Newspaper Archive of
The Billings County Pioneer
Beach, North Dakota
April 14, 1960     The Billings County Pioneer
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April 14, 1960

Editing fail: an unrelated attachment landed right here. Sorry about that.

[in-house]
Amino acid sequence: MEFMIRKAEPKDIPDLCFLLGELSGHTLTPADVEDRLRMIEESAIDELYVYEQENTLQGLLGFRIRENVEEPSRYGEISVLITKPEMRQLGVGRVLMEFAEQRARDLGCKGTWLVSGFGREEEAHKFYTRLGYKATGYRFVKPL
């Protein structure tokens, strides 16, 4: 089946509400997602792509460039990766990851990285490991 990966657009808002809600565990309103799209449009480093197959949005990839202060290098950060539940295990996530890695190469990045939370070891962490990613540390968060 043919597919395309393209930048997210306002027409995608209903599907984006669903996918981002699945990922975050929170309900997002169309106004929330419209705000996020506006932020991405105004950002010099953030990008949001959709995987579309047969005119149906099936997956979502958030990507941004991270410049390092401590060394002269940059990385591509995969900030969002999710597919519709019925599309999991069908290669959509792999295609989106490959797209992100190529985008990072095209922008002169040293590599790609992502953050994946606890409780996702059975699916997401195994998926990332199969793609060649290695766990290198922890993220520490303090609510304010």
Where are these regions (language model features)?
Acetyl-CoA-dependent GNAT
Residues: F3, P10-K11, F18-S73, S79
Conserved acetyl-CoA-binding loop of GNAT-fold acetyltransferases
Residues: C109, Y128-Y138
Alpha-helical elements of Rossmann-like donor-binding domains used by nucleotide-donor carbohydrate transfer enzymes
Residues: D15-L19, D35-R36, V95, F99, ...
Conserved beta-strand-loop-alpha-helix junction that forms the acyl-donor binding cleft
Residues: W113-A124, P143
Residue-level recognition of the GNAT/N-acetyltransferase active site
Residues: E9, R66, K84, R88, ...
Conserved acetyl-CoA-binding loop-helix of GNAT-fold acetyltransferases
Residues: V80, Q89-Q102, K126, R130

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BILLINGS COUNTY PIONEER "Mandan - Where the West Begins" Q in By The second annual art show under the direction of Charles Grantier whs held at the Elks building in Mandan, March 26-27. Mr. Grantier exhibited water colors in the show. Seven hundred person visited the exhibit in spite of the fact that the highway between Bismarck aud Mandan was closed because of flood conditions. The show sponsored by the Ivlan- dan Art Assn. displayed a variety of subjects from children and adul~s in the area. Popularity awards were given to Mrs. Clarice Ressler, first place, ~nd Gary Miller, second. Both are fl om Manden. F~irst places winners included: water color-- Maria Zeitlmann, Bis- marck; graphics-Mrs, Jack Paul, Mandan; photography -- F. A. Oh- Isen, Mandn: children's divisian-- Spencer Brein, Mandan. Judging the exhibits were Mrs. Yvonne Butzon. Enderlin and Ruth Rudser and Ciell Gannon, Bismarck. "J. D.", as he was affectionately called, received the first hon ~r roll citation in North Dakota from the American Artists Professional League and he was honored at a banquet of the Missouri Slope Chap- ter of the lzaak Walton League and presented the scroll on April 10 i947. He died in his sleep 18 days later at the age of 96. Today Mandan is fortunate in having another artist. Charles Grantier make this city his home, directing the creative talent of the school children and inspiring the adults to paint the beauty around them. Mr, Granher. a charter member of the Bismarck Art Assn. and first president of the Mandan Art Assn received a citation from ,the Bis- marck group in 1953 for his achieve- ment in the field of art. Now in his fifth year as art in- structor in the Mandan public school system, Charles Grantier. grew up on a ranch in McKenzie county, the ~on of Jay Grantier, one of North Dakota's most colorful ranchers. Although Charles loved the rug- ged beauty of the Badlands about him, he much preferred to repro- duee artistically the sunrise and sunset colors to spendin~ a lifetime in the saddle and counting cows for a living. So is wa.~ that he received his Bachelor of Science in Education at the University of North Dakota. Majoring in art. he received a rul- er in ceramics. Grantier's career in the teaching field started at the ranch school near Keene. m McKenzie county. And last Christmas he presented a wall panel donO in crayonex color- ing of the Frank Keogh ranch near there to his brother Ed at Minot who is married to the former Betty Keogh. Cha,'les is planning a series of wall panels in old-time ranch scenes. Other scnools he taught include Medora. Regan. Mott, Crown Butte and Menoken. In between times. Grantier distinguished himself as chief designer at the Dieota Pot: tery Co. at Dickinson and director of the WPA creamics project at Mandan. It was while in Mandan that he met his wife, the former Minnie Neibauer. Together they maintain one of the most interesting homes in Mandan at 311 6th Ave. N. W. Before purchasing this old home. Mr. and Mrs. Grantier lived in the attractive stone quarters at Fort Lincoln State Park. where Mr. Gf atier was custodian in 1943-44. Hundreds of people have visited the Grantiers open house which has been held for the last 12 years during American Art Week in No- This pivture taken shows Mrs. Clariee Ressler re- ~eiving from Charles Grantier, 1959 president of the Mandan Art Assn the award for popularity In the show She also won this same honor at the 1960 show. Charles and Minnie Grantier have filled their home with priceless antiques. Charles is shown here in the "marine dining room," which features his fish collection, considered the largest in this part of the country. One of his hand woven cloths by the family. The gigantic fish collection which the Grantiers have today started Crom the time Charles bought some fish ash trays to go with the screen he had made in college. Thinkm ~ n woold be novel to follo~vthrough on the fish design, the cduple kept adding to it with the help of friends who gave them just about anything they could find with a fish on it. The "marine dining room" fea- tures Limoges china from France. Each dinner plate has an individual hand-painted fish. Fish-shaped bone dishes are used for tartar sauce. There is also an English Wedge- wood set, an exquisite Haviland china set and California pottery with a maroon coral reef design. A brass Russian sumovar with vember. Newcomers are always charcoal burner is used for special amazed at the wealth of antique occasions. Hand carved jade-hand- furniture, priceless china and glass, led cocktail forks in an oriental and the historical furnishings the] fish ~attern are ~sed for first ~o~ple have collected. ] courses. Choice Dolphin glass is dis- The gracious home festures many played in an old fashioned china :treasures which Mr. Grantier dis-1 cabinet in the dining rocm~. covered in attics and garages inI The front parlor takes one back ~V/a~dan. Many pieces he refinishedlto the days of the 1880%. The love him#elf, ~410wing of his interest, seat, platform rocker and chairs are l s[dents often call him before dis- of this vintage. Painted china lamps, posing of old pieces no longer used here and throughout the house, cast With a shuttle made from Badland's eadsr, and the westent sunset ~lors in mind, Charles Grsatler, sou of one of North Dakota's early rmmlm~ ~ joy ia we6vim@ new for pleasure. Once it was a full- neapd ntier Mrs. Ressler served as 1959-60 president of the local art useelation. --Bob Feickert Photo cover the dining room table. On it is centered an orr~mental china fish, which was part of the Italian exhibit at the 1939 World's Fair in New York. It was procured for htm by the late Laura Taylor Hughes, designer of Rosemeade Pottery, Wahpeton. --Piper Photo / a soft radiance over the hand rub- Next fall there may be a "South bed walnut furniture. There is a of the Border" atmosphere in the reel parlor organ, a lady's writing Grainier art classes in Mandan. desktoppedThe and three center .the upstairs table, traditional bedrooms marble are Land Auctions furnished in solid walnut pieces. The Grantiers' master bedroom fea- tures the most magnificent set which dates back to 1846. The huge bed- stead, as well as the matching pieces, reach the ceiling. While such antiques would look out of place in most city apartments, the whole atmosphere of this ~spac- ious home is arranged in pleasant harmony. The history of each heir- loom is faithfully recorded by the new owners. They take delight in displaying their treasures in artistic arrangements. Many of the articles in the home have ,been fashioned by Artist Grantier. An expert weaver, he has several looms in his basement. He has woven material for his wife's suit, the drapes for their bedroom, as well as met the demand for re- quests for tablecloths, napkins, run- hers. drapes and rugs. At one of the early Bismarck art exhibits he set up one of the larger looms and demonstrated the Whig Rose. a colonial pattern which was us for coverlets. For more than two decades Charles Grantier has lived in Man- dan. He is very much a North Da- kotan but his plans now are to secure more education. Oharles Grantier has put in one summer already at Highlands Uni- versity of New Mexico toward his master degree, and he will be going there again this summer. The attrac- tion this year will be an arts and craft course which includes a five week trip into old Mexico on a lecture and field trip which will be guided by Felix Payant, well known for his work with Designs magazine. Then the session will continue for another five weeks right in Las Vegas, New Mexico at the Uni- versity. Grantier will be devoting most of his time to art education and crafts for he plans a major in art education with a minor in crafts. Already Charles is warming up to the Mexican dishes and lingo. Bring $104,460 A series of state school land auc. ~ions in western counties netted $104,460 for the school trust funds. Land Commissioner Anton J. Sc~a- raids reported. The sale p~rice topped opening ofger~ by $[g~,265~ indicafi!lg the keen bidding ~t the .tales, Schn,idt said. Prices ranged up to $~5.100 for a section of Logan county land. Youth Camp to Open permanent Catholic Youth Camp in North Dakota, has been established on a 200-acre plot of land on the shore of the Garrison reservoir. Work is now being completed on a 50-room lodge that will serve as headquarters for the camp which will be under the direction of Rev. Laurence R. Talty, Riverdale. In operation for 11 years at Lake Metigoshe State Park, the camp has been moved to the Garrison Dam area because of the availabili,ty of Lakeshore land and the more de- sirable location in the center of the state. This summer's activity schedule at Camp Dominic Savio includes five 10-day earnping periods, three for boys aged'8-14 and two for pre- the camp will be open to boys and girls of all religious faiths. Boy's camping sessions will run from July 8o16, July 17-27, and July 27-Aug. 6. The camp will be operat- ed for the girls from Aug. 10-20 and Aug. 21-31. Besides residence facilities for !00 campers each session, the Dominic Savio lodge will house the camp director and 20 trained counsellors. The two-story structure will also provide space for various craft, scouting, meeting rooms, dining room and kitchen. A temporary chapel is located in one wing of the H-shaped building. Outdoor facilities at the camp will include areas for swimming and boating, ball diamonds, and an arch- ery range. The Nonpartisan League un~ni- mously endarsed Quentin Burdick, Democrat, for the United States senate at the N~L conventic~n in Bi~mrek, Saturday, March 26. While Burdick was receiving a standing ovation from the conven- tion on the second floor of the Patterson hotel, a group of disgrun- led politicians was convening in the basement. A motion that the NPL file in the Democratic column this year passed unanimously. A con,~(ntion a~,egato accused a few politicians outside the NPL of trying to sma4h up the organi- zation. The league convention recessed at 12:30 p.m. after voting to recon- vene in Bismarck April 7, the op